A few years ago, Corey Booker talked Zuckerberg into donating $100 million to the Newark public schools. They realized that they couldn’t get rid of the incompetent (mostly black) teachers because of the union so they paid those teachers to sit around while they hired better ones. Eventually the $ ran out and the next head of the school system ran on a platform of putting things back to the old way and running the school system as a jobs program for blacks. He won.

    Newark schools used to contain Magic Dirt, when guys like Philip Roth attended. But then the Magic Dirt lost its magic and now, no matter how much $ they spend trying to bring it back, the magic won’t return. Magic Dirt makes at least as much sense as the mainstream explanations. Murray’s explanation is racist and completely unacceptable and the mainstream doesn’t really have a good explanation (mumble something about “problematic”) so Magic Dirt is the way to go.

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    • Replies: @Alfa158
    The great science fiction writer Larry Niven could explain that White people indeed depleted the supply of Magic Dirt in Newark and other cities, then moved on to the suburbs in search of fresh Magic Dirt, leaving Black folk ignorant and impoverished. That is why we need Section 8 to move them out to where there is still Magic Dirt.

    Decades before Steve coined "Magic Dirt", Larry Niven wrote a fiction series The Magic Goes Away that postulated a scientific explanation for humanity's stories about magic being real. Dirt really was magical and used to have a physical property that people and beings with talent could draw on to do magic. In pre-history, there were gods, demons, unicorns, dragons, wizards, castles floating in the air and all the rest of it. Unfortunately, the magic property was a finite resource and using it eventually depleted the local supply. Wizards moved around to keep practicing magic until it was almost all used up, and gargoyles turned to stone, the flying castles crashed to earth and dragons turned to dinosaur fossils. Humanity adapted to the dwindling of magic, but the last wizards, most of whom were incredibly ancient would die without magic, so they convened in a last desperate attempt to find a solution.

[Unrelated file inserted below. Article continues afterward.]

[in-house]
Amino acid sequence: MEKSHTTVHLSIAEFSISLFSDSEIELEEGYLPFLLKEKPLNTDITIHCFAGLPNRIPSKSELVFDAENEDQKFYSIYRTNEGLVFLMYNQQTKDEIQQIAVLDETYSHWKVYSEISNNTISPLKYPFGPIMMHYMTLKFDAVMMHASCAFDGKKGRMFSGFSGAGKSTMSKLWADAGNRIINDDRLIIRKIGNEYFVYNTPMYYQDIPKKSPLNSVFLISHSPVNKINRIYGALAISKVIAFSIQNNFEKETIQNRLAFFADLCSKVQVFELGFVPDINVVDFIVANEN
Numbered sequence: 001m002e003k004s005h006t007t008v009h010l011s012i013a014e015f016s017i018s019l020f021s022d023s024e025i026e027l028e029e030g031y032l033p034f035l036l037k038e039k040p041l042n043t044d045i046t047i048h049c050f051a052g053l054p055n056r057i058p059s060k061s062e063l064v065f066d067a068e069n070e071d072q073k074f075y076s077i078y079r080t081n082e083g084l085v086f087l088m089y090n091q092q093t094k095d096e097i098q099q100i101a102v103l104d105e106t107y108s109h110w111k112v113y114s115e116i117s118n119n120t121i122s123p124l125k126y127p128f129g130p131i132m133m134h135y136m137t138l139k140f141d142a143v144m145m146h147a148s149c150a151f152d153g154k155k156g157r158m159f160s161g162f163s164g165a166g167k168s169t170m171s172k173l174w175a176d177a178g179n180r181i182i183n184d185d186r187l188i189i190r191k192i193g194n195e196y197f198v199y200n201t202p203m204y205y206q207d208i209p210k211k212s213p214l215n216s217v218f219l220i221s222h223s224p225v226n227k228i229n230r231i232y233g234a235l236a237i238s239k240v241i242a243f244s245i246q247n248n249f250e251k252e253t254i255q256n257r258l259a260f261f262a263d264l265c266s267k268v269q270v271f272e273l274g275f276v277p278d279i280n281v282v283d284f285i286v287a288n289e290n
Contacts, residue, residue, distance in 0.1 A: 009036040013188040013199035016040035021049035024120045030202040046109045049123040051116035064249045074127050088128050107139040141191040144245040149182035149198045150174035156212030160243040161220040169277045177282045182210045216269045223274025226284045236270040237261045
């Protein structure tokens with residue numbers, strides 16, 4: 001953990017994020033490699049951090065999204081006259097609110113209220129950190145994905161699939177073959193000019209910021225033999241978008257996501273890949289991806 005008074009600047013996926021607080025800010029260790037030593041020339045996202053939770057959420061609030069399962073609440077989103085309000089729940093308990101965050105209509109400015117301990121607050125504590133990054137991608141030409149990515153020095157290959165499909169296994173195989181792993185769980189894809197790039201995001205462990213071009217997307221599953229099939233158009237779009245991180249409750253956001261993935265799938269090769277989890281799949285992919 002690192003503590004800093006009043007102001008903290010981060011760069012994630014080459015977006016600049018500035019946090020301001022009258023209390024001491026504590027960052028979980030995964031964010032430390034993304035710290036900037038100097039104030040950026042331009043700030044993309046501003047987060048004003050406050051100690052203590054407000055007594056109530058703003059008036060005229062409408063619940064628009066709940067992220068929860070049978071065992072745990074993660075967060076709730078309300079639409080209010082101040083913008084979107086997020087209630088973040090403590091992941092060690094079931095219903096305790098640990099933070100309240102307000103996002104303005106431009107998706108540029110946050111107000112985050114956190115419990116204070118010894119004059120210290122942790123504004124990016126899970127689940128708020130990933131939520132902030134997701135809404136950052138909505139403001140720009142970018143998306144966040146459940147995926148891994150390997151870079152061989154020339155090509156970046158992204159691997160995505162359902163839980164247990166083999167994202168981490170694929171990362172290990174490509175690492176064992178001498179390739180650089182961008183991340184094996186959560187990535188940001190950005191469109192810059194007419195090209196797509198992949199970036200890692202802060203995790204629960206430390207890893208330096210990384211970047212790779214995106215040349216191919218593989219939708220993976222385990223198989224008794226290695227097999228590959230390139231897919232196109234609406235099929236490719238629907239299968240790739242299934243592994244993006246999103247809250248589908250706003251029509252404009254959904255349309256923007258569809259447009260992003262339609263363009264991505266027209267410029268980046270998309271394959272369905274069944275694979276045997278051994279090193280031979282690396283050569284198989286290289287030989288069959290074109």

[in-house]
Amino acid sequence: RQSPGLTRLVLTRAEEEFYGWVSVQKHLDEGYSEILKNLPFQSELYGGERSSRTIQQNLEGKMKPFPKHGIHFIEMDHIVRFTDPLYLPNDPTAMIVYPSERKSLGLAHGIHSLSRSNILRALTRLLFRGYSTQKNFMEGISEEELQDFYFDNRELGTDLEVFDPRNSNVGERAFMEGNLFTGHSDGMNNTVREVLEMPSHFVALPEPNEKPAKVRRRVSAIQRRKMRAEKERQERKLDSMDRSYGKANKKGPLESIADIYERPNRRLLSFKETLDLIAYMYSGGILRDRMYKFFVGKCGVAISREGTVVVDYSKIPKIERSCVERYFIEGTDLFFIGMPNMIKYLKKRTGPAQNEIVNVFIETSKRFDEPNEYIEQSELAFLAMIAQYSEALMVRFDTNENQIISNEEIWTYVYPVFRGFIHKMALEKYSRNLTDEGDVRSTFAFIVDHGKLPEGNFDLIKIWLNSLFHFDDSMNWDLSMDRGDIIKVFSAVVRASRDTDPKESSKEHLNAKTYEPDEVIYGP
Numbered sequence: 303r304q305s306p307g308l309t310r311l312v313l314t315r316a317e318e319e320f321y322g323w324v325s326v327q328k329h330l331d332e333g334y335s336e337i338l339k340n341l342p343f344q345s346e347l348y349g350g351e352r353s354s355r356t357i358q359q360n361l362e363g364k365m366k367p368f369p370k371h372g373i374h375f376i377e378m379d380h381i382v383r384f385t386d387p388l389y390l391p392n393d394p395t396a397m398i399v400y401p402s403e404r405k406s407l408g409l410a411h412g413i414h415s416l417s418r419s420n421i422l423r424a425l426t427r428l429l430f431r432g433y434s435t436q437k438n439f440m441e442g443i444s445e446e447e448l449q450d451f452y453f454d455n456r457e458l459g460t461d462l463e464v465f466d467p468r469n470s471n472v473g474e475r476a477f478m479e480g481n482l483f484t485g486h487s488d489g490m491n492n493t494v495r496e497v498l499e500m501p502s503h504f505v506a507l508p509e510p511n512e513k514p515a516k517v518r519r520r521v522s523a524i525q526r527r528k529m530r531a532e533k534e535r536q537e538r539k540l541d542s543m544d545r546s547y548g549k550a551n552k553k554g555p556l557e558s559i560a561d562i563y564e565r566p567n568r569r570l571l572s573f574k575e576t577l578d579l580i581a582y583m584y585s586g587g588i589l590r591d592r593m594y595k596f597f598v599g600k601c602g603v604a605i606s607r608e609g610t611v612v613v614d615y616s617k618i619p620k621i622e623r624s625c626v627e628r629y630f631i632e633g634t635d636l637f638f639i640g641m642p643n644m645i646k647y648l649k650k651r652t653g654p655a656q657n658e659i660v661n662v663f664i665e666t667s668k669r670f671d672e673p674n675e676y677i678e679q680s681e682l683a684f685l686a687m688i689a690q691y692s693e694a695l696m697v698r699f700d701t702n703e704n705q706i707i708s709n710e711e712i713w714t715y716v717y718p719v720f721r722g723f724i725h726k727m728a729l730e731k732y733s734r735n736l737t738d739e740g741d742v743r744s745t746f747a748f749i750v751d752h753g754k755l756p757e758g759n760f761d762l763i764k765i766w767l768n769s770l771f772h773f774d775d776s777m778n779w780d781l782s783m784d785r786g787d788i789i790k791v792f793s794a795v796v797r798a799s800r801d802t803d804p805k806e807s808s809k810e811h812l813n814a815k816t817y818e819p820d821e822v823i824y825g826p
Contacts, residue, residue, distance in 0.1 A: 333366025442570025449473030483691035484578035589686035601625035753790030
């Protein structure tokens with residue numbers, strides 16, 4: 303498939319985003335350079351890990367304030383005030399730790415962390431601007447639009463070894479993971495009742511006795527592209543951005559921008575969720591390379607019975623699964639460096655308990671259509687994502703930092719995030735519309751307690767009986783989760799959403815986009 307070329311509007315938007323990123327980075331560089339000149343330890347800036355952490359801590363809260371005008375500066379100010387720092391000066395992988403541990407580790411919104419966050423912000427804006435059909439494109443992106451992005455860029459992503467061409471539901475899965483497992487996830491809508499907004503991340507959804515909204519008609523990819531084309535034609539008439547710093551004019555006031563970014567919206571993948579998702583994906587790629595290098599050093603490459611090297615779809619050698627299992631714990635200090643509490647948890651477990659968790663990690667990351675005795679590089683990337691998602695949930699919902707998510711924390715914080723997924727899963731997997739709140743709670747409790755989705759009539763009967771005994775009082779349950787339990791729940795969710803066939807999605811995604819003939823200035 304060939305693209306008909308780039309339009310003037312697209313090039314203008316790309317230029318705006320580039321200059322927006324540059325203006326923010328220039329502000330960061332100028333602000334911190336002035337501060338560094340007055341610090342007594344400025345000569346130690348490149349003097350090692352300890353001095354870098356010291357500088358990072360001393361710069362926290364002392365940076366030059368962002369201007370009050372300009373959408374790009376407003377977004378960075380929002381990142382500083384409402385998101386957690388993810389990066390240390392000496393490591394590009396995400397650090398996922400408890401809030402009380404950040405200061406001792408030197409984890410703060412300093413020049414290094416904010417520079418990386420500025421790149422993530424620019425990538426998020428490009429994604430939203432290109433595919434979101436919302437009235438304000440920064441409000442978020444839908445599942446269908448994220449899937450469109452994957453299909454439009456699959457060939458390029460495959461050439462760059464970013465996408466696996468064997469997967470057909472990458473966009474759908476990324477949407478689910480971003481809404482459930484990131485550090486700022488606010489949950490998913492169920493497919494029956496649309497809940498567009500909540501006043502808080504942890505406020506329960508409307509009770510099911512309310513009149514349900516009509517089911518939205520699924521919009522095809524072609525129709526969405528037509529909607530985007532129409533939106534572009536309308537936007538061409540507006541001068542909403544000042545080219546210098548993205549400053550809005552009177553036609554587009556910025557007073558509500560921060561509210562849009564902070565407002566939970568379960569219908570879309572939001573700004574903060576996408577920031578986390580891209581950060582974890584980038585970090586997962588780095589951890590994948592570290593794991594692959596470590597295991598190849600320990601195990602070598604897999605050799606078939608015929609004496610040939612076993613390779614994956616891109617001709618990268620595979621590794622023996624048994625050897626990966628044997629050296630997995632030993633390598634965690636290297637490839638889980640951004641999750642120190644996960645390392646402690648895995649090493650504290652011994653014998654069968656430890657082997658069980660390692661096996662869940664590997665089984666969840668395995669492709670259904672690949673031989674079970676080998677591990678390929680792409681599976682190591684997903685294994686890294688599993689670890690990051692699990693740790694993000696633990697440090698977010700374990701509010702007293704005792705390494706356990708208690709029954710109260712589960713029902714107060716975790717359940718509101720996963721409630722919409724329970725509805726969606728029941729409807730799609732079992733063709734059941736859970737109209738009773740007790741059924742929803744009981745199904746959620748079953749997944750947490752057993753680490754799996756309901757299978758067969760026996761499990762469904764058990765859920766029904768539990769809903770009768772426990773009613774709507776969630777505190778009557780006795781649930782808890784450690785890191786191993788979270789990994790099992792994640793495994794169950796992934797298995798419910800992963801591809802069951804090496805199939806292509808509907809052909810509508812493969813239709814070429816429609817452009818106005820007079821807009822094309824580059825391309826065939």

They saw the moon as a new resource for magic, after all even a non-magician can look up at it and feel the magic, so they figured they would use the last remaining large store of magic on earth, a sleeping god to pull the moon down to earth to be exploited. Being weak on science, including astronomy, they had no idea how that little circle in the sky was really another planet and that doing so would re-liquefy the earth's crust and wipe out life. Disaster was narrowly averted and the last magic died away.

  76. @Bastion
    There's that word again!

    (((Problematic)))

    I’ve stopped using it completely. It’s gives me the willies, anymore.

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  77. A few years ago, there was a similar panic when it was found out that Boston’s new teacher evaluation system, based on student test scores as well as observations of teachers, was giving too many black teachers the lowest (firable) score. The funny part was that it also was giving many more male teachers and older teachers the lowest score.

    https://ies.ed.gov/ncee/edlabs/regions/northeast/pdf/REL_2017189.pdf

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    • Replies: @Pericles
    Must be quite fundable to tease those apart using the very latest version of Excel so that the rest are kept when the male teachers are fired.
  78. Make Illiterates Great Again–for the children!

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    • Replies: @Pericles

    Make Illiterates Great Again–for the children!
     
    #MEGA
  79. @Anon
    ROTFL.

    Stuff like this is getting surreal.

    Meritocracy = race-ist.

    Yes it is. Everything is race-ist. Races are different.

    Look at meritocracy in sports. Reality favors certain races for certain tasks.

    It's called evolution.

    Geez.

    Btw, I wonder what the differences between white Hispanics(the true Hispanics) and other kinds(non-whites such as Mesos and Mulattos) who are mislabeled as 'Hispanic' or 'Latino'.

    You raise a good question, Gubbler. Lumping white/whiter “Hispanics” in with mestizos and Aztecs makes white Hispanics seem dumber than they arle and brown Hispanics seem smarter than they are. It’s time to ditch the Hispanic label completely. And we obviously need to stop including Jews in the huwyt category but we all know that ain’t gonna happen.

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    • Replies: @larry lurker